Interpretations of cross-lamination patterns presented as clues to this martian rock's origin under flowing water are marked on images taken by the panoramic camera and microscopic imager on NASA's Opportunity.
The red arrows point to features suggesting cross-lamination within a rock called "Last Chance" in a panoramic camera image taken at a distance of 4.5 meters (15 feet) during Opportunity's 17th sol (February 10, 2004). The inferred sets of fine layers at angles to each other (cross-laminae) are up to 1.4 centimeters (half an inch) thick. For scale, the distance between two vertical cracks in the rock is about 7 centimeters (2.8 inches). The feature indicated by the middle red arrow suggests a pattern called trough cross-lamination, likely produced when flowing water shaped sinuous ripples in underwater sediment and pushed the ripples to migrate in one direction. The direction of the ancient flow would have been either toward or away from the line of sight from this perspective. The lower and upper red arrows point to cross-lamina sets that are consistent with underwater ripples in the sediment having moved in water that was flowing left to right from this perspective.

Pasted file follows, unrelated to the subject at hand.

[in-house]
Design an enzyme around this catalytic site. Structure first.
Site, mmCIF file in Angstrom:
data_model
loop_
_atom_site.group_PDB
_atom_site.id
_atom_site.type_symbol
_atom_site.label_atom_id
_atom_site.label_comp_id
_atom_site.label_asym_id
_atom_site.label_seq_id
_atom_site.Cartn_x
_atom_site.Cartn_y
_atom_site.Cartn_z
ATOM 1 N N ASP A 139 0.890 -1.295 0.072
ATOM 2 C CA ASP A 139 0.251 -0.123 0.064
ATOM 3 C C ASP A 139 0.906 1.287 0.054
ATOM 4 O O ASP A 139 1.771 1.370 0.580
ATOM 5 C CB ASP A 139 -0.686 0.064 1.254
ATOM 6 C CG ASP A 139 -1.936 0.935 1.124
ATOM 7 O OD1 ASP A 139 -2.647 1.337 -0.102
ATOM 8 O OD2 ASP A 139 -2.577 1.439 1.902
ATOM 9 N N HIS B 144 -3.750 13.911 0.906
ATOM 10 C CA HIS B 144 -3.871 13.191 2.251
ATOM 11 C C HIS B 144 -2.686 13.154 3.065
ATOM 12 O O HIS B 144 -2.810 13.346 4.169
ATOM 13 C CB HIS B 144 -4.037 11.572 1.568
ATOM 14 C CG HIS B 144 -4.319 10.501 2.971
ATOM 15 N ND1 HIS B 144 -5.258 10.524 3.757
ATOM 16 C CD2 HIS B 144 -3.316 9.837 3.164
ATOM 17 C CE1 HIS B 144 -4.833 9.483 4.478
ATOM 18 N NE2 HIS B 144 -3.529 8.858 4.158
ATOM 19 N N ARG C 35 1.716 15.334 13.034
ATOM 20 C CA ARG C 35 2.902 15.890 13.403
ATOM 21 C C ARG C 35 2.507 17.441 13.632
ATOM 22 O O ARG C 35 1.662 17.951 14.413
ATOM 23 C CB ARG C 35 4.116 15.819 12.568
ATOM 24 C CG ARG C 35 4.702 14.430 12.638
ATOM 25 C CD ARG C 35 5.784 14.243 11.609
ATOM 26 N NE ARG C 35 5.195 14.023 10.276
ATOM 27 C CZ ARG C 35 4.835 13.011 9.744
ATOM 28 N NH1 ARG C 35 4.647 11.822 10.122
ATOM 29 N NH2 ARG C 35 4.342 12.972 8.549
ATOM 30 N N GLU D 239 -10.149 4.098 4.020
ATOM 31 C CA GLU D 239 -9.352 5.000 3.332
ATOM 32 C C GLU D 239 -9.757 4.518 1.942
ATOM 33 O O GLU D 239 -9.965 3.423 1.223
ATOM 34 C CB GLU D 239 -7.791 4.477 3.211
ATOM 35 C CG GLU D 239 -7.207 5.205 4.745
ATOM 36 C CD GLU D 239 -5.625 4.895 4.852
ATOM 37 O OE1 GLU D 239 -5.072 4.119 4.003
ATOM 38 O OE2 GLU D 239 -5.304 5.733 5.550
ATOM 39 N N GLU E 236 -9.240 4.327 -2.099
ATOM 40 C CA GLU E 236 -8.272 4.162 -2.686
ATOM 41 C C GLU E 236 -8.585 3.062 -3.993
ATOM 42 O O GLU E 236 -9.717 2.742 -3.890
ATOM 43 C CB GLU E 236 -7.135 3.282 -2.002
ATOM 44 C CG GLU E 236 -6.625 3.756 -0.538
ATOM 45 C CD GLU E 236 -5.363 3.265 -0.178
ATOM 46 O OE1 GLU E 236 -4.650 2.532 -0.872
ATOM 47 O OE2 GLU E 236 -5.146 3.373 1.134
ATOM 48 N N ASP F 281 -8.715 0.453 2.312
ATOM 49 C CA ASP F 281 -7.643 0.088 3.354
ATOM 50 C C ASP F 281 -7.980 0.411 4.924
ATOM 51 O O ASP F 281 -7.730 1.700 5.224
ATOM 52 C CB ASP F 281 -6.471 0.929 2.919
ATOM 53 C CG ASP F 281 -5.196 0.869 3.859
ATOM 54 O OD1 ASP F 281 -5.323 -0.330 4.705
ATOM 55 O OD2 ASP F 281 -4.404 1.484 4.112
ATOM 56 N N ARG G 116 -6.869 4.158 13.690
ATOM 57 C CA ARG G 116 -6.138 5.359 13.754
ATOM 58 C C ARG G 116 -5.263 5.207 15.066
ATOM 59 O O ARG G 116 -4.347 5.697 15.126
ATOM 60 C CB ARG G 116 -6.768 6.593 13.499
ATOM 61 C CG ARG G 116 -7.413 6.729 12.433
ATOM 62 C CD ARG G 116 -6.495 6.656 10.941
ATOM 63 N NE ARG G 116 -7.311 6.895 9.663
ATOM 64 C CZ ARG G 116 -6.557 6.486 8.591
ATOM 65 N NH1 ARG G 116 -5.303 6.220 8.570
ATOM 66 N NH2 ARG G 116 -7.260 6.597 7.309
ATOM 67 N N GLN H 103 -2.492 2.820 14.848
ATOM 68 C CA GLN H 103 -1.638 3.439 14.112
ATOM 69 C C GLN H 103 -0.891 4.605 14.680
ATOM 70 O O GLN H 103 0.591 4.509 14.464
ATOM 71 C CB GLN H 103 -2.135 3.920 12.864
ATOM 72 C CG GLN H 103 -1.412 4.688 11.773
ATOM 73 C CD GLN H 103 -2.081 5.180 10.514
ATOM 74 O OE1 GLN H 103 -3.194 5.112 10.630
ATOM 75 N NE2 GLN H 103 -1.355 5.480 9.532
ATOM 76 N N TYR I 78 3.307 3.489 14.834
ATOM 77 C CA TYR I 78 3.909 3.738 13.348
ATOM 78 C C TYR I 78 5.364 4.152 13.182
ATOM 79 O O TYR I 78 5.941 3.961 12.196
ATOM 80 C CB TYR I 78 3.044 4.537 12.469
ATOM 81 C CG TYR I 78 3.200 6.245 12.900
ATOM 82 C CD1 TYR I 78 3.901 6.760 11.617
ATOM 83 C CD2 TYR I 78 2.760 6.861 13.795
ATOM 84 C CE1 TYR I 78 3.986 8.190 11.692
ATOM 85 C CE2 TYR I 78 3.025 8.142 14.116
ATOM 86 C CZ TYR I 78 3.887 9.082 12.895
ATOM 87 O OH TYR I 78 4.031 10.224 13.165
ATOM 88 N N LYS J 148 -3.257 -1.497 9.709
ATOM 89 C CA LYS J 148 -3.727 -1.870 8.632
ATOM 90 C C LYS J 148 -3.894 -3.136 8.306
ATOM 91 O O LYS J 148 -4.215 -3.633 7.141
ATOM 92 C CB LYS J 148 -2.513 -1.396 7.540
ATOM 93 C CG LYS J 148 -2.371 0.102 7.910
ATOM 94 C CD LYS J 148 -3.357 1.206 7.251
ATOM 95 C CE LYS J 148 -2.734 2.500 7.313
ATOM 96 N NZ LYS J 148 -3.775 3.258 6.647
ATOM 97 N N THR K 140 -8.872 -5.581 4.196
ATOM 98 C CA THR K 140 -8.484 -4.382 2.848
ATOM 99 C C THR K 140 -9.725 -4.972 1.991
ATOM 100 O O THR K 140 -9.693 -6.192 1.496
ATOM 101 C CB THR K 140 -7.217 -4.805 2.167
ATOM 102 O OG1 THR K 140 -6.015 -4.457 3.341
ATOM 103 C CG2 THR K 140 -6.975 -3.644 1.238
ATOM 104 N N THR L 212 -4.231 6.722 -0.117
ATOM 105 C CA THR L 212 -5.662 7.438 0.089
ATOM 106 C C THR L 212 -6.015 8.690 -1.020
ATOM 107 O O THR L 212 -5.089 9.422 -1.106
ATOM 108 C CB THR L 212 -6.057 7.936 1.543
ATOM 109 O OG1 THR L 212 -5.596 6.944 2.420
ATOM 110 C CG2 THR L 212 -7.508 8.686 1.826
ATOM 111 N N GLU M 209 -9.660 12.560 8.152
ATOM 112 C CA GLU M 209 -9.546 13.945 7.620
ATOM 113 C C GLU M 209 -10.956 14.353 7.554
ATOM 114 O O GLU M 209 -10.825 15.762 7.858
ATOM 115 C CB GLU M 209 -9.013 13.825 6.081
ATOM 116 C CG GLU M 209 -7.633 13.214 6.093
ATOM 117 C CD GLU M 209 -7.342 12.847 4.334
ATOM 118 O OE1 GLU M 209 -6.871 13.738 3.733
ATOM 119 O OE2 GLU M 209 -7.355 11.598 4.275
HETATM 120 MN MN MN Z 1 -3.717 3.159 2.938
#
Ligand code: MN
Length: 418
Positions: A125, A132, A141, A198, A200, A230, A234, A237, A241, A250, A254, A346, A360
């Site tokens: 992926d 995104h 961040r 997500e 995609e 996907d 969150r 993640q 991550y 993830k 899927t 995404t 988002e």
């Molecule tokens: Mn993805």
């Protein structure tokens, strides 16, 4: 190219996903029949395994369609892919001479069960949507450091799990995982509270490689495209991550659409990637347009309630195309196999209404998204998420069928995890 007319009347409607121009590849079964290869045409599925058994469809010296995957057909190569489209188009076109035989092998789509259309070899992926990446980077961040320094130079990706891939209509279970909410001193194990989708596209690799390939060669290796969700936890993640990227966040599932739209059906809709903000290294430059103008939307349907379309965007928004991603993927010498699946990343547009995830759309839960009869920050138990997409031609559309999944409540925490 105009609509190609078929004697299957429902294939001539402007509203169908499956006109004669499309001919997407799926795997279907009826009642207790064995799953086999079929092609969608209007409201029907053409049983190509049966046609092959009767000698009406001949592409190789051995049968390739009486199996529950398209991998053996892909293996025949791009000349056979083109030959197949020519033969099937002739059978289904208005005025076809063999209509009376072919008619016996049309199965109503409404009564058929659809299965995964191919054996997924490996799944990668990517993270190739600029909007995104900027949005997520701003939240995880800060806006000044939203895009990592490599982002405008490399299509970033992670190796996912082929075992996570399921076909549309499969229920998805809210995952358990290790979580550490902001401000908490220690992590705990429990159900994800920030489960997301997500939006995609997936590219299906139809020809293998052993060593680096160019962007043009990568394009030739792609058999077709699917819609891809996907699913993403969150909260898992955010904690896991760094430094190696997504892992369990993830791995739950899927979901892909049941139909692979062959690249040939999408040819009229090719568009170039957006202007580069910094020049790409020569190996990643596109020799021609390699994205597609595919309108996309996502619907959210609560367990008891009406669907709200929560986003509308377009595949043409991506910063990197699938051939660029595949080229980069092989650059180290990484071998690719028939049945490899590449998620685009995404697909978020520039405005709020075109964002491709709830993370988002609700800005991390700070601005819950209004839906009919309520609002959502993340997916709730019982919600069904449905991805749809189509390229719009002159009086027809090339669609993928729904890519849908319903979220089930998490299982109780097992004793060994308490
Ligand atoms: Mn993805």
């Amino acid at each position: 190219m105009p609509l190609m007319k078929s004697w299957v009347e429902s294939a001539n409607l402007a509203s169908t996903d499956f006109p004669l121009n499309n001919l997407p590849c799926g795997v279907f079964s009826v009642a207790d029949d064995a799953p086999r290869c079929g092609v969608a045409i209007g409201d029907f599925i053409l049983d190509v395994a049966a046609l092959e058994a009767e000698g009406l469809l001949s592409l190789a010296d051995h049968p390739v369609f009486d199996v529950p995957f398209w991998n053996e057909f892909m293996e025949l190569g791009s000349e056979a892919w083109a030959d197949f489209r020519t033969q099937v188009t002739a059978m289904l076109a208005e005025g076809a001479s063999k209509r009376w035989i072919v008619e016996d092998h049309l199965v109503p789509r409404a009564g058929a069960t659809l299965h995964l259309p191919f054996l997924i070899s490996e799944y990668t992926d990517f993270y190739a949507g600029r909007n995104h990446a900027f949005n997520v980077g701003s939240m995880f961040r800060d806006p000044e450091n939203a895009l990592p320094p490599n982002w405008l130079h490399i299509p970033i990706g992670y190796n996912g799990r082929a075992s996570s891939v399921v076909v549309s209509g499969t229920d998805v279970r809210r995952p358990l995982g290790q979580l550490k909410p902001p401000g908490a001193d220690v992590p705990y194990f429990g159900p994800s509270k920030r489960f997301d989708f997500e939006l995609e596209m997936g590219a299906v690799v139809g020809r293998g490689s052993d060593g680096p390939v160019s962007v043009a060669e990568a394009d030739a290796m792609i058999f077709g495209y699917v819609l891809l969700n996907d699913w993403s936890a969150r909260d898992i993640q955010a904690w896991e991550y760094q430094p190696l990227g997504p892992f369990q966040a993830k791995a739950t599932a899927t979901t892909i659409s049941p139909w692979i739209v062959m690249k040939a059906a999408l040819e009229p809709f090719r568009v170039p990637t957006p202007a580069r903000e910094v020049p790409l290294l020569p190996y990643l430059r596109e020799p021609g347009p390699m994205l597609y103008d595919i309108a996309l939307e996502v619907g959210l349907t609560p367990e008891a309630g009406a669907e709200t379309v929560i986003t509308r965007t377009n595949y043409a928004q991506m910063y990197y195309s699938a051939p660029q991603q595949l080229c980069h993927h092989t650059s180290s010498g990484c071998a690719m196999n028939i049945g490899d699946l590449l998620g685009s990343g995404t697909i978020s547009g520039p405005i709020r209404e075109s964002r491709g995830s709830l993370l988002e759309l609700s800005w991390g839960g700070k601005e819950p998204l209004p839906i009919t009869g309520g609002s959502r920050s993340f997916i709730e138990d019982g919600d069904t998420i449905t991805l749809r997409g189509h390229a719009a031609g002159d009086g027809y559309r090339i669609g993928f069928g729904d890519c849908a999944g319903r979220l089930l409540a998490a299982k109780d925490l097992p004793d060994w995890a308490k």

The yellow arrows indicate places in the panoramic camera view that correlate with places in the microscope's view of the same rock. The microscopic view is a mosaic of some of the 152 microscopic imager frames of Last Chance that Opportunity took on sols 39 and 40 (March 3 and 4, 2004). This view shows cross-lamination expressed by lines that trend downward from left to right, traced with black lines in the interpretive overlay. These cross-lamination lines are consistent with dipping planes that would have formed surfaces on the down-current side of migrating ripples. Interpretive blue lines indicate boundaries between possible sets of cross-laminae.
Image credit: NASA/JPL/Cornell/USGS